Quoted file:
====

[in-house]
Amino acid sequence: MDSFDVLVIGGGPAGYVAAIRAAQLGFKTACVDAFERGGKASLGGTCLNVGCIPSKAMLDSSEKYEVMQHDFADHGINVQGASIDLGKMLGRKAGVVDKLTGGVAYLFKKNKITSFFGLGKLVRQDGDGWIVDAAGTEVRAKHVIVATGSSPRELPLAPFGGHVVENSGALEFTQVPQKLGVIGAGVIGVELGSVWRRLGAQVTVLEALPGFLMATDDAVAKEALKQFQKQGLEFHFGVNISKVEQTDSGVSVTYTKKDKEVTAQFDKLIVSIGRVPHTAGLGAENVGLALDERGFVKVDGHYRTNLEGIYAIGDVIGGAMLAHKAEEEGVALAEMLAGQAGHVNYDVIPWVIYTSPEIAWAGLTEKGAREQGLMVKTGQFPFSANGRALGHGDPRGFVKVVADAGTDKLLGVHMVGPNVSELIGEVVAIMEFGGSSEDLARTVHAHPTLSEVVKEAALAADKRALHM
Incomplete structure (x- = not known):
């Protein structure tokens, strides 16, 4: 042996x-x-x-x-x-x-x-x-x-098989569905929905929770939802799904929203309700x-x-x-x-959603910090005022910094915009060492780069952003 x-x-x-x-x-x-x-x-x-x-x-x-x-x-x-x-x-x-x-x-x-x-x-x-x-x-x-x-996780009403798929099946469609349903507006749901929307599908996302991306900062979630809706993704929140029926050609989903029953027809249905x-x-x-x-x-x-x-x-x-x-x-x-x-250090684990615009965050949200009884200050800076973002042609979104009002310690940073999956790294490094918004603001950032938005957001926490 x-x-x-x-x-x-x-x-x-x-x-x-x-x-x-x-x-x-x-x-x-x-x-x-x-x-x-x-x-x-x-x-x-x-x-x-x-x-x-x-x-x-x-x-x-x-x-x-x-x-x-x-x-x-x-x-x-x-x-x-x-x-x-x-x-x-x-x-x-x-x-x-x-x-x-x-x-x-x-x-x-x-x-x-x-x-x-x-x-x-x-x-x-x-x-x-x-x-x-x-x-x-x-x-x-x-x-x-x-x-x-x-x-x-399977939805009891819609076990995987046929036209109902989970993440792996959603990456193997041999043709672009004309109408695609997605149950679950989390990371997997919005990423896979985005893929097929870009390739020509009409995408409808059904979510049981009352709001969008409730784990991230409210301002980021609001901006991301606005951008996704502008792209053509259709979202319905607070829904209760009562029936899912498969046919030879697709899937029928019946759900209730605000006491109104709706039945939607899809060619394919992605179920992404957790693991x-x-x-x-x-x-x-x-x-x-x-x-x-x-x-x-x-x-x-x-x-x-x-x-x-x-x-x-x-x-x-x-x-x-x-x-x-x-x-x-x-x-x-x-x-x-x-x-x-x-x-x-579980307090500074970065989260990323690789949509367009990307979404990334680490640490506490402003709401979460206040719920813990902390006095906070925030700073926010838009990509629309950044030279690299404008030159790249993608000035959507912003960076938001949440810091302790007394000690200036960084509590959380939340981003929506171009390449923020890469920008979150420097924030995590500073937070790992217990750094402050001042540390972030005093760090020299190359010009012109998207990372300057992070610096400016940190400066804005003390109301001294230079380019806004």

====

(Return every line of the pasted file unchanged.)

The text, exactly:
[in-house]
Amino acid sequence: MDSFDVLVIGGGPAGYVAAIRAAQLGFKTACVDAFERGGKASLGGTCLNVGCIPSKAMLDSSEKYEVMQHDFADHGINVQGASIDLGKMLGRKAGVVDKLTGGVAYLFKKNKITSFFGLGKLVRQDGDGWIVDAAGTEVRAKHVIVATGSSPRELPLAPFGGHVVENSGALEFTQVPQKLGVIGAGVIGVELGSVWRRLGAQVTVLEALPGFLMATDDAVAKEALKQFQKQGLEFHFGVNISKVEQTDSGVSVTYTKKDKEVTAQFDKLIVSIGRVPHTAGLGAENVGLALDERGFVKVDGHYRTNLEGIYAIGDVIGGAMLAHKAEEEGVALAEMLAGQAGHVNYDVIPWVIYTSPEIAWAGLTEKGAREQGLMVKTGQFPFSANGRALGHGDPRGFVKVVADAGTDKLLGVHMVGPNVSELIGEVVAIMEFGGSSEDLARTVHAHPTLSEVVKEAALAADKRALHM
Incomplete structure (x- = not known):
């Protein structure tokens, strides 16, 4: 042996x-x-x-x-x-x-x-x-x-098989569905929905929770939802799904929203309700x-x-x-x-959603910090005022910094915009060492780069952003 x-x-x-x-x-x-x-x-x-x-x-x-x-x-x-x-x-x-x-x-x-x-x-x-x-x-x-x-996780009403798929099946469609349903507006749901929307599908996302991306900062979630809706993704929140029926050609989903029953027809249905x-x-x-x-x-x-x-x-x-x-x-x-x-250090684990615009965050949200009884200050800076973002042609979104009002310690940073999956790294490094918004603001950032938005957001926490 x-x-x-x-x-x-x-x-x-x-x-x-x-x-x-x-x-x-x-x-x-x-x-x-x-x-x-x-x-x-x-x-x-x-x-x-x-x-x-x-x-x-x-x-x-x-x-x-x-x-x-x-x-x-x-x-x-x-x-x-x-x-x-x-x-x-x-x-x-x-x-x-x-x-x-x-x-x-x-x-x-x-x-x-x-x-x-x-x-x-x-x-x-x-x-x-x-x-x-x-x-x-x-x-x-x-x-x-x-x-x-x-x-x-399977939805009891819609076990995987046929036209109902989970993440792996959603990456193997041999043709672009004309109408695609997605149950679950989390990371997997919005990423896979985005893929097929870009390739020509009409995408409808059904979510049981009352709001969008409730784990991230409210301002980021609001901006991301606005951008996704502008792209053509259709979202319905607070829904209760009562029936899912498969046919030879697709899937029928019946759900209730605000006491109104709706039945939607899809060619394919992605179920992404957790693991x-x-x-x-x-x-x-x-x-x-x-x-x-x-x-x-x-x-x-x-x-x-x-x-x-x-x-x-x-x-x-x-x-x-x-x-x-x-x-x-x-x-x-x-x-x-x-x-x-x-x-x-579980307090500074970065989260990323690789949509367009990307979404990334680490640490506490402003709401979460206040719920813990902390006095906070925030700073926010838009990509629309950044030279690299404008030159790249993608000035959507912003960076938001949440810091302790007394000690200036960084509590959380939340981003929506171009390449923020890469920008979150420097924030995590500073937070790992217990750094402050001042540390972030005093760090020299190359010009012109998207990372300057992070610096400016940190400066804005003390109301001294230079380019806004």